August 16, 2011

Dobber Sports

2011-08-16

 

Rick Rypien was found dead in his Alberta home yesterday. The bottom line for him, as a hockey player is this – he wasn't drafted, and yet he scratched and clawed his way into the NHL by the time he was 21. How many of us can say that? And were it not for injuries and personal issues, who knows what we'd be saying about him today. Another tough loss for hockey this summer. He had recently signed with the Jets.

 

Once again, I had to go to Twitter for some ramblings content…

 

Hockey Pool Geek has awarded a free Deep Analysis to three DobberHockey members, announced yesterday. If you don't know what a deep analysis is, you'll crap your pants when you see this.

 

So in writing my Goals-For By Team piece for the Fantasy Guide, I discovered that all four teams in the Conference Finals were in the Top 8 in regular season goal scoring. Come on coaches, let's open it up!

 

What the Havlat-Heatley trade? I think both teams want to shake things up. Both teams need a completely different culture and they have made big changes to do so. The Sharks wanted someone who could better click with Joe Thornton and now they can take another shot at that with Havlat. Meanwhile, the Wild get a player of equal talent – probably more talent, and with one less year on the contract.

 

Who will be the No.2 center on the Rangers, Anisimov or Stepan? To me, this is a slam dunk. I think Derek Stepan could be a No.1 guy in two or three years. To the point where he knocks Brad Richards into 1B status to his 1A. Meanwhile, Anisimov's upside is that of a second-liner. So on this team he'll just be a very valuable and productive third liner until room is made for him – or until he moves to the wing. That puts a lid on his upside for the next couple of years, anyway.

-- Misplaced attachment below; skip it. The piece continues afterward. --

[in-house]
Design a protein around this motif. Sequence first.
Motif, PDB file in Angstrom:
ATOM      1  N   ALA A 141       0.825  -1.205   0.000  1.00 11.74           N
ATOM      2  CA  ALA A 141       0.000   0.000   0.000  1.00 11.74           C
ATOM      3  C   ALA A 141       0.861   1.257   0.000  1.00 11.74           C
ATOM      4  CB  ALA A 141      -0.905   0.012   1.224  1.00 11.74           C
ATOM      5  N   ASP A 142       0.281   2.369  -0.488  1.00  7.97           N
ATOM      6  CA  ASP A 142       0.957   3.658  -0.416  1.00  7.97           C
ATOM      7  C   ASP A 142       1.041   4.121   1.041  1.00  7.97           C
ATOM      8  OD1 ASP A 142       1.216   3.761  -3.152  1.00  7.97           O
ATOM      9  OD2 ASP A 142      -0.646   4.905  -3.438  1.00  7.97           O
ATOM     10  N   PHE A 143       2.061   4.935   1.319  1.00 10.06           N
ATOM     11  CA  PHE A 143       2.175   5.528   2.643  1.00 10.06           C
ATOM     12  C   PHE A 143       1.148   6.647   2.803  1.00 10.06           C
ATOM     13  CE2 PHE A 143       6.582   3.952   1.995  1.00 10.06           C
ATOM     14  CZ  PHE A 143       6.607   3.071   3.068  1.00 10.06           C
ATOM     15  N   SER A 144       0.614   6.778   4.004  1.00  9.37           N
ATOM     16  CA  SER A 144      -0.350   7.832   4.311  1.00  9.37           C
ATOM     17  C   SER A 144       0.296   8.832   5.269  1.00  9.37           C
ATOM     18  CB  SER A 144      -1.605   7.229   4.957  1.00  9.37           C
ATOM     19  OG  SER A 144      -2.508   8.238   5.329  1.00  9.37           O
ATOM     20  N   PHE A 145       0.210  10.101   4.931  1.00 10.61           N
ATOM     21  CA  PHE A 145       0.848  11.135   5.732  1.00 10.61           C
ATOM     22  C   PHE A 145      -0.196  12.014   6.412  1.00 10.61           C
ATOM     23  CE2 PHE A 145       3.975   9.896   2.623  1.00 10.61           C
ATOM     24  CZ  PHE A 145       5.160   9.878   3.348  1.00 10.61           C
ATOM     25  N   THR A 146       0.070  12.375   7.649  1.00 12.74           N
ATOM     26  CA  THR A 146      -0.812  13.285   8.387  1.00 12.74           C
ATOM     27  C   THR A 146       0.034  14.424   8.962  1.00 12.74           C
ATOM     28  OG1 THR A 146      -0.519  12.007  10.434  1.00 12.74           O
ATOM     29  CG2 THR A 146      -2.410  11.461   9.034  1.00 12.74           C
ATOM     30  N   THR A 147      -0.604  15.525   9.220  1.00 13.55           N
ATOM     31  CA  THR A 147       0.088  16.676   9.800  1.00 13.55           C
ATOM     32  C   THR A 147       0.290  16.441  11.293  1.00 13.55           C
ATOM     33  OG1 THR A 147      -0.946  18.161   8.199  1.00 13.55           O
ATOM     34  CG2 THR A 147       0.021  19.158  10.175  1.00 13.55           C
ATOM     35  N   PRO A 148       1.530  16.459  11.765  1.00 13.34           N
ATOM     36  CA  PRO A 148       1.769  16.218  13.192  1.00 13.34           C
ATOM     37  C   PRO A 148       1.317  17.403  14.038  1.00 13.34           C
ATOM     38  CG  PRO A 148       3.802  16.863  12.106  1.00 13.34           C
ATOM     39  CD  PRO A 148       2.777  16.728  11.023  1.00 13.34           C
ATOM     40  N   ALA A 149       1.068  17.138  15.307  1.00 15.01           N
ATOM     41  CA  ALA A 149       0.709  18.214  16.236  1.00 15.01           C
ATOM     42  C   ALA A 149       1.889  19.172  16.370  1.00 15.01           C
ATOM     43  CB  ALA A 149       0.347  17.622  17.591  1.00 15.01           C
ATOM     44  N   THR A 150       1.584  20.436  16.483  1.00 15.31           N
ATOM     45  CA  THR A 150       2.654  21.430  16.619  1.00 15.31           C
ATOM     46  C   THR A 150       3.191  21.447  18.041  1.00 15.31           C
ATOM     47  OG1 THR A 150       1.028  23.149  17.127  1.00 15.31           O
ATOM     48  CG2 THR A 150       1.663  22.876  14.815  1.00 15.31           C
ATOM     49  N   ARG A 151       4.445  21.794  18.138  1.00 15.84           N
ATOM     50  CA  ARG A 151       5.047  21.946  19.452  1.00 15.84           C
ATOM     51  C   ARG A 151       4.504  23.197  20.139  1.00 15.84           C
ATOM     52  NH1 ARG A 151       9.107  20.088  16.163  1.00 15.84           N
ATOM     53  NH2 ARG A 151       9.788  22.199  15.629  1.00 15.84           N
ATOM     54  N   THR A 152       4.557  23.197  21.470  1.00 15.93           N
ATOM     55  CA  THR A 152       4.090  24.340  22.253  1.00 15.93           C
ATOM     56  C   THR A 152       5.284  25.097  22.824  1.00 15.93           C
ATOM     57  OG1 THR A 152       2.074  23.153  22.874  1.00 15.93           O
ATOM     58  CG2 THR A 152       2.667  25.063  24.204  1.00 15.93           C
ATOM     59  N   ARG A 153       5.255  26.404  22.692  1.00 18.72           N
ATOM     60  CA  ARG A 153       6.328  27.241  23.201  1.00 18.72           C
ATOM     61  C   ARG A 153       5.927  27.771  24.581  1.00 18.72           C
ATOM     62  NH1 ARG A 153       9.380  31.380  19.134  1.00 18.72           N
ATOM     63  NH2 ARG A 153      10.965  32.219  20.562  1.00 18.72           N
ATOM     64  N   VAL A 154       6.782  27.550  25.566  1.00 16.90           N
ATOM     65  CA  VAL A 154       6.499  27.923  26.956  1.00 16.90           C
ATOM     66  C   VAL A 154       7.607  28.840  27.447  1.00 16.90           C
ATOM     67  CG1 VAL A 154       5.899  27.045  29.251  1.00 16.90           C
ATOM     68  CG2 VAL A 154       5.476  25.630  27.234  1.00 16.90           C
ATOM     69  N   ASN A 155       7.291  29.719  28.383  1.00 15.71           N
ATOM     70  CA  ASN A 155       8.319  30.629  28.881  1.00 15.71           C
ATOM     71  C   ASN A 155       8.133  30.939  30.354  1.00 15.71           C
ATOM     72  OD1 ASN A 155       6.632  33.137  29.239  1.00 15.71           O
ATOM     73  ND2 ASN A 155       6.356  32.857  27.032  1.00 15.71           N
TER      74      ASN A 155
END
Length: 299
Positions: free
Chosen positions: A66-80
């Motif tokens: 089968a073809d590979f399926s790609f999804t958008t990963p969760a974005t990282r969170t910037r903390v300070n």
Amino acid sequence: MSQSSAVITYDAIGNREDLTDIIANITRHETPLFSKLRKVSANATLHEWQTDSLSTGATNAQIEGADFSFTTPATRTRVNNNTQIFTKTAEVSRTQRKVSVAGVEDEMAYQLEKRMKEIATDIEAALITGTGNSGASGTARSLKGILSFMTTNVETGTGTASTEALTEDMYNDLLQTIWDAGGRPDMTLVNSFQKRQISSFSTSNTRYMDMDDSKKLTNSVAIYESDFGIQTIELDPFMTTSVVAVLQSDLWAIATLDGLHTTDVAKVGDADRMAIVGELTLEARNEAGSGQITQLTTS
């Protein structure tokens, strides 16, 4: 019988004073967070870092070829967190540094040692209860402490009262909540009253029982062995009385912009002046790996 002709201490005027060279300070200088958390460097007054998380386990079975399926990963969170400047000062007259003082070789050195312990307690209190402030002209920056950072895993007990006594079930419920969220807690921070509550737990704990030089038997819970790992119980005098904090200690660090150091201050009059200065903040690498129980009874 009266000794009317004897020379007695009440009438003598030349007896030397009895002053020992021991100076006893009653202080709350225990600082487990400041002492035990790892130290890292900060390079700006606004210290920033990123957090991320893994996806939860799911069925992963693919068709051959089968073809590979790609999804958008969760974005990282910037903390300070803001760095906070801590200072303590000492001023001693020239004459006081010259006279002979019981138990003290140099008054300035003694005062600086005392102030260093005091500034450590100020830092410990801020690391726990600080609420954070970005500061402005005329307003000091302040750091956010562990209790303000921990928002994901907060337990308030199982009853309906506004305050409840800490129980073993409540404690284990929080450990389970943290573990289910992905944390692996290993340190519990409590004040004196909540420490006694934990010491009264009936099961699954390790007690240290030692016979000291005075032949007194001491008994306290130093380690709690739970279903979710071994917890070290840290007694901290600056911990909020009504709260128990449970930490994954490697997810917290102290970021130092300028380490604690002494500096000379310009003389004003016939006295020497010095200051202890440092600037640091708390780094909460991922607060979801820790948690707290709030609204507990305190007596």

Justin Goldman of the Goalie Guild wanted my take on TJ Galiardi. He believes him to be a dark horse. That depends on what you expect from him and what would be of value to you. I don't have any interest in him. I'm worried about his fragility a little bit – very thin. I'm not impressed with his junior numbers, because as a 19-year-old I think a point-per-game says to me that he tops out as a second liner in the NHL. So he's an option to play in the top six with some good linemates, but if Mueller is healthy then Galiardi is competing with Landeskog and Jones for the last two top-six spots. So I am reluctant to believe that he can play 75 games, and I'm reluctant to believe that he can log any significant time in the top six. But assuming he plays 74 games and Mueller is hurt (or Galiardi gets into the top six some other way), then I do think he could be a dark horse for 50 or even 55 points. But that's a ton of ifs. And I would drop him in a points-only keeper league.

 

I was asked which teams are the ones to beat in each conference. I get into that in the Guide, but the answer is Pittsburgh and Vancouver. Naturally, if Sid and Geno fail to combine for 140 games again, then they topple down the standings. Again.

📢 advertisement:

 

Compare the signing of Zherdev last year vs. the signing of Jagr. I guess he's asking – why should he trust that Jagr will do well when Zherdev imploded. Well, Jagr is a veteran and they generally have less to prove. Zherdev was always under the gun. He could go two games without a point and without creating any great chances. But stretch that to three games and his ice time is cut. So is his PP. And by Game 5, he could be in the press box. Whereas with Jagr, he could probably get one point in the first 12 games and still see PP time. He would have to truly, monumentally suck it up for 20 games before the press box gets considered. And then there is the size factor. Jagr has like 40 pounds on Zherdev. That makes a huge difference. If Jagr is slumping, and eager to get out of it – I'd like to see the opposition tr